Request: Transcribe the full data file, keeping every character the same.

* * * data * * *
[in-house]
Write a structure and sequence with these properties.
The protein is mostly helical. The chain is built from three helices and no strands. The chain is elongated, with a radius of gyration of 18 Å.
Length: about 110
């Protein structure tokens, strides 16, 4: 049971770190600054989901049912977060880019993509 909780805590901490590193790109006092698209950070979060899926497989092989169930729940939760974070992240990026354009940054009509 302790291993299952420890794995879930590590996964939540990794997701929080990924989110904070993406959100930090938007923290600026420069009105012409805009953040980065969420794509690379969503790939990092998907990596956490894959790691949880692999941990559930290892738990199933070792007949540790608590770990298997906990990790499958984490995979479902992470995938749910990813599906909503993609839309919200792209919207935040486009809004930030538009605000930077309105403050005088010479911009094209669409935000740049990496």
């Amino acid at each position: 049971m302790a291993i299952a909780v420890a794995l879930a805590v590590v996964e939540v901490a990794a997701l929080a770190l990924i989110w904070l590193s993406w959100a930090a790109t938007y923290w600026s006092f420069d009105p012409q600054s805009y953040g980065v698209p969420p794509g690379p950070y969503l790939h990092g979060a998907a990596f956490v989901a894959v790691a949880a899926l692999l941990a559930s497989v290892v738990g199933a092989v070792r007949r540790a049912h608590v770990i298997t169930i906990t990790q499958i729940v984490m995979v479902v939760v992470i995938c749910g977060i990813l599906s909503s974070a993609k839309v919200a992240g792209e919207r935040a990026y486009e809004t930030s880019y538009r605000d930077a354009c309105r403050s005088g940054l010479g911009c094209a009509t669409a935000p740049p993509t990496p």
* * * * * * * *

[in-house]
Write a structure and sequence with these properties.
The protein is mostly helical. The chain is built from three helices and no strands. The chain is elongated, with a radius of gyration of 18 Å.
Length: about 110
């Protein structure tokens, strides 16, 4: 049971770190600054989901049912977060880019993509 909780805590901490590193790109006092698209950070979060899926497989092989169930729940939760974070992240990026354009940054009509 302790291993299952420890794995879930590590996964939540990794997701929080990924989110904070993406959100930090938007923290600026420069009105012409805009953040980065969420794509690379969503790939990092998907990596956490894959790691949880692999941990559930290892738990199933070792007949540790608590770990298997906990990790499958984490995979479902992470995938749910990813599906909503993609839309919200792209919207935040486009809004930030538009605000930077309105403050005088010479911009094209669409935000740049990496």
């Amino acid at each position: 049971m302790a291993i299952a909780v420890a794995l879930a805590v590590v996964e939540v901490a990794a997701l929080a770190l990924i989110w904070l590193s993406w959100a930090a790109t938007y923290w600026s006092f420069d009105p012409q600054s805009y953040g980065v698209p969420p794509g690379p950070y969503l790939h990092g979060a998907a990596f956490v989901a894959v790691a949880a899926l692999l941990a559930s497989v290892v738990g199933a092989v070792r007949r540790a049912h608590v770990i298997t169930i906990t990790q499958i729940v984490m995979v479902v939760v992470i995938c749910g977060i990813l599906s909503s974070a993609k839309v919200a992240g792209e919207r935040a990026y486009e809004t930030s880019y538009r605000d930077a354009c309105r403050s005088g940054l010479g911009c094209a009509t669409a935000p740049p993509t990496p």